AvoidPrivateAPIs.import PrivateAPI
end

The example above shows only how to deal with imported modules, but the idea might work for other kinds of modules. There are probably some subtleties I’m not capturing here, of course…

I would say some of the issue stems from the fact that its not easy to be able to identify if a module is intended for public consumption or not. The elixir language is well documented and that makes it clearer, but it doesn’t make it black and white. How should one tell the difference between “maybe its missing documentation” and a module which is intended to be private?

Theres a larger issue to solve here, as has been mentioned. However, to address the problem at hand in the moment perhaps all internal modules should be marked as such. String.Internal.Tokenizer would make it plainly clear.

1 Like

Shouldn’t @moduledoc false just become the default behavior for undocumented modules? I’ve always wondered why documentation has been considered opt-out in ex_doc

1 Like

For the Elixir language itself it should be black and white. Elixir categorically marks all private functionality with @moduledoc false and @doc false. Those do not appear on the official documentation, which means their usage is being lifted directly from the source code.

To clarify, this has never been an issue in Elixir itself. Or we explicitly document it or we tag it as false. Sure, there are projects in the community where this issue will arise but it is definitely not the source of confusion in this case.

3 Likes

@josevalim: Please take a look at @lexmag response:

It was written in almost 2 years ago and still ExUnit.Diff has no public API. It would be helpful if you will be able to change it.

1 Like

Thanks @Eiji! This is a good example. I recommend you to start a discussion on Elixir issues tracker. We do not track comments or discussions on the forum as feature requests.

Note that it is unlikely that exporting ExUnit.Diff as is would be useful to you, as the current algorithm is recursive on itself, and you want to support more data types than the ones we do. There are different ways we could solve this, for example, by making the recursive function an argument on ExUnit.Diff, introducing a protocol, or by breaking ExUnit.Diff into smaller, reusable bits. So when opening the issue, please make sure that you provide a more complete proposal with examples on how you believe the ExUnit.Diff should be exported.

3 Likes

@josevalim would it be acceptable to detect the use of private modules only at the level of use/alias/import/require like I’ve done above?

I dont think you can handle the other cases (the use of modules that aren’t even aliased) without runtime checks.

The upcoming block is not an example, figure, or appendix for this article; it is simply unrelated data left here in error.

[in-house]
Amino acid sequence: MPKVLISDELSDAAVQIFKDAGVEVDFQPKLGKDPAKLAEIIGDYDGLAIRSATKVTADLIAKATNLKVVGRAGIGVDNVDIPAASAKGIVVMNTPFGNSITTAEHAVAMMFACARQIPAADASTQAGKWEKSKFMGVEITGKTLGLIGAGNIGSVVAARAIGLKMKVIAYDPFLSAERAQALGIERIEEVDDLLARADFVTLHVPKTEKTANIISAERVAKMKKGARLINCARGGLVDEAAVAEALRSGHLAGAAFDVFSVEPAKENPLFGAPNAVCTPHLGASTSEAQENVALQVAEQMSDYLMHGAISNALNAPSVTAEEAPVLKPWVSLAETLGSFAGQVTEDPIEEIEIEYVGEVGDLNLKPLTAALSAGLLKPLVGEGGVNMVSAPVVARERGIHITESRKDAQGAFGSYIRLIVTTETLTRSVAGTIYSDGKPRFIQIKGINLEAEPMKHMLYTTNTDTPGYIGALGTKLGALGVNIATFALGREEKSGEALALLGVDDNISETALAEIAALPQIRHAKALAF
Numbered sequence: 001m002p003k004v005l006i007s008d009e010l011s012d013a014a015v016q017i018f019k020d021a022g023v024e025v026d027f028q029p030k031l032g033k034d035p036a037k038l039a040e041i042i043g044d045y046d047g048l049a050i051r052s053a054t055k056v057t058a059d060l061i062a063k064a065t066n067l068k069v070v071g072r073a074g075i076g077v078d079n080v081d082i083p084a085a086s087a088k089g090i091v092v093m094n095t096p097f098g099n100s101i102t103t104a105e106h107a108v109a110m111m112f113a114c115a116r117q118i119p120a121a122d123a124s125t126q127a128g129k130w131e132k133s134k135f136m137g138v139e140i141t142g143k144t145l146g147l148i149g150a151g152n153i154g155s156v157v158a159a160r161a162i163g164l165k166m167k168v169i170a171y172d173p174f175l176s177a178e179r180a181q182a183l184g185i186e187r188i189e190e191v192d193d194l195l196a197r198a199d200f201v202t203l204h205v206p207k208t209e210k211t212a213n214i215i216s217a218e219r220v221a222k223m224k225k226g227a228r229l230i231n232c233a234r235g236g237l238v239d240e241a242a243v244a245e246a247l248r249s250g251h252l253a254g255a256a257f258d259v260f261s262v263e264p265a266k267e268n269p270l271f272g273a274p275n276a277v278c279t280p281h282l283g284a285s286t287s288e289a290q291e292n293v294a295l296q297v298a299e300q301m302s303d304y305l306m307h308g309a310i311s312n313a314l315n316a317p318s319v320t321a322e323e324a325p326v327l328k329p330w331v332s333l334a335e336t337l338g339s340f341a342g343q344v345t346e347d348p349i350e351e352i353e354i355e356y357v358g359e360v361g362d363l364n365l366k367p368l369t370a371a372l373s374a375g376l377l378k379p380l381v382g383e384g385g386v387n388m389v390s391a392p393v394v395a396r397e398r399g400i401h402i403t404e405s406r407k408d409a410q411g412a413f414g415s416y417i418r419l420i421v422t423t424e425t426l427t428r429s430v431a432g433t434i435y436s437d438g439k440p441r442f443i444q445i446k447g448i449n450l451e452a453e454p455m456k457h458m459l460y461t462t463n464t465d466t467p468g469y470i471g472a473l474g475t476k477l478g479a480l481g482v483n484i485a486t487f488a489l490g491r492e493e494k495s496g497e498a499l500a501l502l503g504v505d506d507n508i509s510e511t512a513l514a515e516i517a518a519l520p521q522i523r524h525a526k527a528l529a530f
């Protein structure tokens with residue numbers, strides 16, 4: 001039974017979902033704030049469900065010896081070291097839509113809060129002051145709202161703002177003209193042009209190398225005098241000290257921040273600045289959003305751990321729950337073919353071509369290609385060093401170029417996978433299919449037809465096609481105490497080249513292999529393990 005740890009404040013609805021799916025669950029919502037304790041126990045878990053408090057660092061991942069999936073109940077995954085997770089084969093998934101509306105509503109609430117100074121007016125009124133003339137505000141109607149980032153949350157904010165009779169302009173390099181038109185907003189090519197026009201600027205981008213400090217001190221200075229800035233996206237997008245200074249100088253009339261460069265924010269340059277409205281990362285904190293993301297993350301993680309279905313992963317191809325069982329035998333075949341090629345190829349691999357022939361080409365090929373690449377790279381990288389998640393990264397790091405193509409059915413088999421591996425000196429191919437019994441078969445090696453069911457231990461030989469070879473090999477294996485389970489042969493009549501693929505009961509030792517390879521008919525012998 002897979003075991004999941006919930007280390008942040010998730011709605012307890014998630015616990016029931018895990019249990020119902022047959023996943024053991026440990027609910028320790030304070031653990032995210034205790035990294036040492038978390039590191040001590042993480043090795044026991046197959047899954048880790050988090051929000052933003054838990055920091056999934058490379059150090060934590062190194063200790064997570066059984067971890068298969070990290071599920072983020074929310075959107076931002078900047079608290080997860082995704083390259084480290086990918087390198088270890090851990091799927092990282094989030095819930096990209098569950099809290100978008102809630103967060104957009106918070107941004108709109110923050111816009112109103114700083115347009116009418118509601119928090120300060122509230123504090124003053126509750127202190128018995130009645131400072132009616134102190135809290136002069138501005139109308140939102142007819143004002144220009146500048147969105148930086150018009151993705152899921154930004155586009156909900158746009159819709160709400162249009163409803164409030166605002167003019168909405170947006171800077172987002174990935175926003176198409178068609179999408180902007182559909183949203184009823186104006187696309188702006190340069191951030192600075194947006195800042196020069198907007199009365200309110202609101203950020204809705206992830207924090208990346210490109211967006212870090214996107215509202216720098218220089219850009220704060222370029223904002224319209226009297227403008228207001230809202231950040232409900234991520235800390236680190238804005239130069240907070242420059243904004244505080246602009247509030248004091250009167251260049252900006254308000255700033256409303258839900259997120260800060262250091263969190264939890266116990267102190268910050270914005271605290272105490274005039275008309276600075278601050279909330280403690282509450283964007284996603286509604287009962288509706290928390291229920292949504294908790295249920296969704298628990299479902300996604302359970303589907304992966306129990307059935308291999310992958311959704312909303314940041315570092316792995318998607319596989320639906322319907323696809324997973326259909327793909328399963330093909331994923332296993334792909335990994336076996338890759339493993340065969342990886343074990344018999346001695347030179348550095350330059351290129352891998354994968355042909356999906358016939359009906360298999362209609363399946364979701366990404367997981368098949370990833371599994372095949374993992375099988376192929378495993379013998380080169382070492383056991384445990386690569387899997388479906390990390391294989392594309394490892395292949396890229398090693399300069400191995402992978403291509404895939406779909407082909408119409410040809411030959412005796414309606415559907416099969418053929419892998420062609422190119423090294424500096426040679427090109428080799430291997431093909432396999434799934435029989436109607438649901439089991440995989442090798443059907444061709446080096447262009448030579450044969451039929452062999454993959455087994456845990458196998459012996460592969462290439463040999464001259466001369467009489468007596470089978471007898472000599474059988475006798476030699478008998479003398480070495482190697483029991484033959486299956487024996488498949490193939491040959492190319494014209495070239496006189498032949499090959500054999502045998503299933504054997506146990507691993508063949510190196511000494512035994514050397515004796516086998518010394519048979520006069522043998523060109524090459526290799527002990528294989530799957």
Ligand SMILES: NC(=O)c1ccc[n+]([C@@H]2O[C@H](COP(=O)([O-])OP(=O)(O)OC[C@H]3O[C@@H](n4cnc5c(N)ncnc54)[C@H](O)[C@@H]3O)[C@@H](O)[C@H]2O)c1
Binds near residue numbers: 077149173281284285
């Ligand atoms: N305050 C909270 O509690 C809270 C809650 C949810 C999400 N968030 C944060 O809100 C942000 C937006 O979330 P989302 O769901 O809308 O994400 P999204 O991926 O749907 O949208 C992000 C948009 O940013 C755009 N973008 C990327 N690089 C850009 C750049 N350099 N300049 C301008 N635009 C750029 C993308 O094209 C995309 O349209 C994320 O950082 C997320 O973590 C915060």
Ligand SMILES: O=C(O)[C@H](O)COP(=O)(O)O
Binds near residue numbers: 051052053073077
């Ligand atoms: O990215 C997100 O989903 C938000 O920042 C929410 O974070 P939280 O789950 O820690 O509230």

I think this is a good example of why the pragmatic version of “Don’t use private APIs” is “Be aware of the risks of using private APIs”. Any feature that provides some kind of compile time check on private API usage should have an escape hatch, because there are situations where being locked to a specific version of the language and having a feature is sensibly considered a worthwhile trade off.

A tracking mechanism for private usage would actually make that sort of thing safer, since it’d be easier to audit.

3 Likes

While you really can’t stop someone from using “private” modules in the BEAM, you could do better compile time warnings by adding a new module attribute @use_in which has a list of modules in which the the “private” module is intended to be used.

This has the benefit of being explict.

That’s exactly what my code snipped above does, except instead of declaring explicitly where the module should be used, it assumes the module should only be used inside its application.

The big decision here is not how you specify where you can use a module, is whether catching only the places where it’s used, imported, etc is enough.

PS: I really like the @use_in idea. The only problem with the attribute name is that in elixir, use is a very loaded word.

1 Like

Wouldn’t it be more clear to explicitly tag it as private or unstable? Possibly with additional scary colors and “user beware” attribution in generated docs. This communicates exactly what you mean. It lets projects document private or unstable classes as well.

There’s a way other than @moduledoc false and @doc false to prevent docs from showing up in public distributions isn’t there? Like an exclusions list config for the mix task or something.

I know this is going to be a long shot, but has anyone considered releasing new versions of Elixir in a way similar to how the Rust team does it? They download and compile every single package on crates.io before they do a release. Not only does this help them make sure they don’t break things for everyone each release, but it also brings to light bad practices the community may be engaged in, like using Private apis. Findings like that can be discussed early on either to inform the community that they aren’t squared away, or to inform the dev team just how far reaching their changes really are.

If y’all are already doing this I apologize for being so far behind.

3 Likes